The order of the quantifiers matters! By putting the existential quantifier after the universal quantifier, you allow the value of $\varepsilon$ to depend on the value of $a$. The correct formula for the existence of an identity is: $$\exists\varepsilon\in\mathbb{Z}_8(\forall a\in \mathbb{Z}_8\colon a\ast \varepsilon = \varepsilon\ast a = a).$$

Of course, if there is a $\varepsilon$ that works independent of $a$, then then there is one that works if we allow it to depend on $a$. In other words, $\exists a(\forall b P(a,b))$ always implies $\forall a(\exists b P(a,b))$. The converse does not hold, however, as the example above shows. (Or, for another example: it is true that for every person $a$ there is a person $b$ such that $b$ is the mother of $a$; i.e., everyone has someone who is their mother. It is not true, however, that there is a person $b$ such that for every person $a$, $b$ is the mother of $a$; i.e., there isn't someone who is everyone's mother).

There is also, in my opinion, a gap in the argument for inverses. You are correct that $\varepsilon = 0$ is an identity; and also that if $a$ has an inverse, then $$a+\alpha + 2a\alpha \equiv 0 \pmod{8}.$$ Hence, $\alpha(1+2a)\equiv -a\pmod{8}$ holds.

Now, you need to justify that you can "divide by $1+2a$". That is, that $1+2a$ has a multiplicative inverse modulo $8$. This can be done by noting that $1+2a$ is necessarily odd, and hence relatively prime to $8$. Thus, it can be solved in all cases, so every element has a $\ast$-inverse.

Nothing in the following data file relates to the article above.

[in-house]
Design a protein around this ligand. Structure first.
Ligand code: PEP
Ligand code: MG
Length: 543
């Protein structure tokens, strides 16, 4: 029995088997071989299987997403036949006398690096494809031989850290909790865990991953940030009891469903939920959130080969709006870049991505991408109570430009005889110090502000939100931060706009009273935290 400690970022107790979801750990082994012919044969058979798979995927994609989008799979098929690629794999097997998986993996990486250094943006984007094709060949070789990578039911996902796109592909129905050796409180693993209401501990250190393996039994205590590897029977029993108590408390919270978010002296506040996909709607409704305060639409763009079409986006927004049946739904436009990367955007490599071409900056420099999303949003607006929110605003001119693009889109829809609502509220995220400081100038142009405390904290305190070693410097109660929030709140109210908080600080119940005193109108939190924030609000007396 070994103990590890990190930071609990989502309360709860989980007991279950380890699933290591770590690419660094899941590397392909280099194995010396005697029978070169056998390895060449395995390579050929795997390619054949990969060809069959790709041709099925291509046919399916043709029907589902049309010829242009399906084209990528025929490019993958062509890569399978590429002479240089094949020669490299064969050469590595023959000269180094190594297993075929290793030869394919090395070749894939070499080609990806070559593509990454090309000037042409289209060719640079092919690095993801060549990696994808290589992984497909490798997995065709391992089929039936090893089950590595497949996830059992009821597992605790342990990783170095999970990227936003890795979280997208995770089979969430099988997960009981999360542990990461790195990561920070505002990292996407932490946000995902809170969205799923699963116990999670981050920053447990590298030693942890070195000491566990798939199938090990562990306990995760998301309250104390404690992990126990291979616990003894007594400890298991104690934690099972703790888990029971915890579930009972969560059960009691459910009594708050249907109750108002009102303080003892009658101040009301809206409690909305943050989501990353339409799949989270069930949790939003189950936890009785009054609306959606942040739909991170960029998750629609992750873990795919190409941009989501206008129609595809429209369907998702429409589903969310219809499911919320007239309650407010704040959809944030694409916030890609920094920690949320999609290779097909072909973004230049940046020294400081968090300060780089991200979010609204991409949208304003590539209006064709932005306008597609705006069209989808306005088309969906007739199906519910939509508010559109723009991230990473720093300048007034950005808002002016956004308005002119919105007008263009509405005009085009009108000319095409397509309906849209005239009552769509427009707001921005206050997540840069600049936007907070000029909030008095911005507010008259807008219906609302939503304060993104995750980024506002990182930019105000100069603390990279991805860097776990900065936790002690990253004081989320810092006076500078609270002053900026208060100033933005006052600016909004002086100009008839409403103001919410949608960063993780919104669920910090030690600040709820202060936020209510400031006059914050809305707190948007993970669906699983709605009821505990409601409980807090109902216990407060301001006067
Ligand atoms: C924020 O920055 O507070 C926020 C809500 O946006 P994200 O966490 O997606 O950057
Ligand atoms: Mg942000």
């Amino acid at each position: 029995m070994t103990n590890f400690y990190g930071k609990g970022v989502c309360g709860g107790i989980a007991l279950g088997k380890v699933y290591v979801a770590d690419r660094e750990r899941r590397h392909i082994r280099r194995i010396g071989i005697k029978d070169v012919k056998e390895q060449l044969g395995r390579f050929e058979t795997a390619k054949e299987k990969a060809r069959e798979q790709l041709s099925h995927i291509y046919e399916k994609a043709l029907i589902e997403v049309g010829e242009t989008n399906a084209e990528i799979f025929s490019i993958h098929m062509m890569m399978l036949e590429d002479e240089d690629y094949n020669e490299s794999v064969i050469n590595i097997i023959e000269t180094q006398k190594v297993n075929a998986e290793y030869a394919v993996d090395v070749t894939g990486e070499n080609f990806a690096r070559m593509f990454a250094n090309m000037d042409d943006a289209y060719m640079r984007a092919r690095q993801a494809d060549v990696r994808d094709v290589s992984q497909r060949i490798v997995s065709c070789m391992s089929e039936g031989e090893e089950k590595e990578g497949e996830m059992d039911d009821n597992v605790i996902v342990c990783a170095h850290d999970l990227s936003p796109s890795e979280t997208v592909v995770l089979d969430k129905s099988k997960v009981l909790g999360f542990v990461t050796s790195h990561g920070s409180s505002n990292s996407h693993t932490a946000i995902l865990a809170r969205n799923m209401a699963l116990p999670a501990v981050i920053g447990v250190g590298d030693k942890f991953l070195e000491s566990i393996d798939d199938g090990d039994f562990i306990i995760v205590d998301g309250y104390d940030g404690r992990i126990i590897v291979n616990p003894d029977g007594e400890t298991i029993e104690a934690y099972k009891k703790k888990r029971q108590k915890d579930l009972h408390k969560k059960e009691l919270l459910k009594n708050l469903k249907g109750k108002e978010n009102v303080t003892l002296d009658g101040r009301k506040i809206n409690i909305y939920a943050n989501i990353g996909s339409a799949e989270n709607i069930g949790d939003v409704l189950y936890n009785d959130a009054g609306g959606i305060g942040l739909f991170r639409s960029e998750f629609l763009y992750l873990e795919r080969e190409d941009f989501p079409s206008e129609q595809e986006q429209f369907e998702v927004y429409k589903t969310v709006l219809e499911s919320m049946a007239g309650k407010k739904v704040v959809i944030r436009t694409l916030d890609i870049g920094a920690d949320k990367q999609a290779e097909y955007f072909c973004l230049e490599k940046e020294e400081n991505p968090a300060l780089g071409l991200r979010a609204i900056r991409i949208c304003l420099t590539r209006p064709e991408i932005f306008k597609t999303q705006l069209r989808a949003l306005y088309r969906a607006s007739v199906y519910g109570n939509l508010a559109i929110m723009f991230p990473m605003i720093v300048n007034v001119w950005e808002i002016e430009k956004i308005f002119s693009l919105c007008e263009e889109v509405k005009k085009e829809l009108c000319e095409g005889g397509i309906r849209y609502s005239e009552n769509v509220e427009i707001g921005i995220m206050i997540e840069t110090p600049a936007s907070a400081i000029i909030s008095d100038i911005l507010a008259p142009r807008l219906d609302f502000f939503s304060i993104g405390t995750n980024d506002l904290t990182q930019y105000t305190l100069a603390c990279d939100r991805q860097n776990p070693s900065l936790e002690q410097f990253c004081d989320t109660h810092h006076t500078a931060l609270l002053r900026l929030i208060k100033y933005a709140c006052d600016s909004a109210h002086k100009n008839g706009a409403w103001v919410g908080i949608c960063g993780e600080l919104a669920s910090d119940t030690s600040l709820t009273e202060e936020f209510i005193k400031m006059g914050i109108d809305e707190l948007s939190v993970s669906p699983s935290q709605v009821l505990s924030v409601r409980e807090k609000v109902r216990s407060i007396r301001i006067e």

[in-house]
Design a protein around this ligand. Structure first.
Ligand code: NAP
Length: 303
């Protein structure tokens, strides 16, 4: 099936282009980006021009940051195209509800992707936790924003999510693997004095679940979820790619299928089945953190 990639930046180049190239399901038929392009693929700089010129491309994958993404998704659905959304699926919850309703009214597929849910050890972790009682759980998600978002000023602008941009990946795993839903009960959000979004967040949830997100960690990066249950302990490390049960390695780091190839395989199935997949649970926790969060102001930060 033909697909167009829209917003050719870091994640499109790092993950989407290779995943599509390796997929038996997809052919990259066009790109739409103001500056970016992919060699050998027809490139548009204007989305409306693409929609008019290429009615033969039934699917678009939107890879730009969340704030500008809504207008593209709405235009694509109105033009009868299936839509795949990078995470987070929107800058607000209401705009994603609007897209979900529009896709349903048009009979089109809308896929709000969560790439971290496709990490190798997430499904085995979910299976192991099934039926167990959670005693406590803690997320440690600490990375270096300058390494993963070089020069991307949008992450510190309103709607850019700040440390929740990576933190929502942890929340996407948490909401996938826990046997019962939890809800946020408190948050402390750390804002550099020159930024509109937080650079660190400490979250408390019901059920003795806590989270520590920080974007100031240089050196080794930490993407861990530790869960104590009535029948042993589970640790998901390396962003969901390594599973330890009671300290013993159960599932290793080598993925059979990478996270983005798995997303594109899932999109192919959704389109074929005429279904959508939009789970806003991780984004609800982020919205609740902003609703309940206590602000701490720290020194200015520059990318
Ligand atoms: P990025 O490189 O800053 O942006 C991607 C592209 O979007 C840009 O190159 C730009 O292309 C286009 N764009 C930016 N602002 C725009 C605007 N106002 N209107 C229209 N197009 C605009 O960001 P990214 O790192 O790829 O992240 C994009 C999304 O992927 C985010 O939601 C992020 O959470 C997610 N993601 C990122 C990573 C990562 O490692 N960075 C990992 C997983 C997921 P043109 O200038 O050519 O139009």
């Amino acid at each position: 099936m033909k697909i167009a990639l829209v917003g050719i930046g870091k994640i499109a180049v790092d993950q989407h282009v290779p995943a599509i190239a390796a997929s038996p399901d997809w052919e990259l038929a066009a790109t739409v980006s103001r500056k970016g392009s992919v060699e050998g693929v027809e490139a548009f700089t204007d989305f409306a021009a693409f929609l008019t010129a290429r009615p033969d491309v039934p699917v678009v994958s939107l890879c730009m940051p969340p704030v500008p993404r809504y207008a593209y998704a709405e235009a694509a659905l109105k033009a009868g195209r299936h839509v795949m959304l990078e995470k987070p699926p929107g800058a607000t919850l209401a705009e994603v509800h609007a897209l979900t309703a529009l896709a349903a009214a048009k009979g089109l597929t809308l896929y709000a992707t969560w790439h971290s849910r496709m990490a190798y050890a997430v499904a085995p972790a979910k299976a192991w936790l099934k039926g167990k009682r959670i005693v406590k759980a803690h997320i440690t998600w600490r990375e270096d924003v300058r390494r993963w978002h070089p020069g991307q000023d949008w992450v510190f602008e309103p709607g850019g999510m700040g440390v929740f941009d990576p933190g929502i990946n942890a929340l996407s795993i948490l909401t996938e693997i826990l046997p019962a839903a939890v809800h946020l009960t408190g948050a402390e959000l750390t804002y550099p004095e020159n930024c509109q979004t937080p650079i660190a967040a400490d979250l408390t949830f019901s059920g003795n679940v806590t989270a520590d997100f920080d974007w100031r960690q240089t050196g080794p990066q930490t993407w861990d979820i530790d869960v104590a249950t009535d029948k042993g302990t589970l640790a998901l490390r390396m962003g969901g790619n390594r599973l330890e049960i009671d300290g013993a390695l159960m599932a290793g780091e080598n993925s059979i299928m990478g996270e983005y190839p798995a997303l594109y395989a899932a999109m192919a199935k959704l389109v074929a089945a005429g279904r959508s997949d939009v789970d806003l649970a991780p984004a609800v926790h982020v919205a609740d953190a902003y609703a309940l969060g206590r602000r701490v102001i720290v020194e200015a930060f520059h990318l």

I will note, also, that you should have "$a\in\mathbb{Z}_8$" and not "$a\in(\mathbb{Z}_8,\ast)$". You want an element of the underlying set of your algebraic object, rather than an element of the ordered pair.

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All looks correct, but in a couple cases you should explicitly mention why $\rm\:1+2a\:$ is cancellable or invertible mod $8$ (being odd it is coprime to $2$ so coprime to $8$ hence $\ldots$). In fact, it is idempotent $\rm\: (1\!+\!2a)^2 = 1 + 4a(a\!+\!1)\equiv 1\pmod 8,\:$ by $\rm\:2\:|\:a(a+1),\:$ so $\rm\:1/(1\!+\!2a) = 1\!+\!2a,\:$ which enables you to give a simpler formula for inverses in your group.

$\rm\ odd^2\equiv 1\pmod 8\:$ is frequently useful in elementary number theory, so it's worth remembering.

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Determine all the invertible elements in $(\mathbb Z_8, \ast)$
You have shown that the inverse of $a$ is $\alpha \equiv_8 -\frac{a}{(2a+1)}$. I would go a step further and list out each element which has an inverse since you only have eight elements to check.
isn't enough showing $\alpha \equiv_8 -\frac{a}{(1+2a}$ to answer that part of the question? – haunted85 Jul 26 '12 at 15:00
thank you for your advice, I'm wondering what if I ever have to deal with $\mathbb Z_n$ with very large $n$, would it be ok to just leave the general answer? Would there be further steps that I better do in order to support my proof? – haunted85 Jul 26 '12 at 15:09
@haunted85 I think if $n$ were large, then a general answer such as what you gave here would likely be sufficient, unless it suggests some simple pattern, such as all odd integers less than $n$. – Code-Guru Jul 26 '12 at 15:13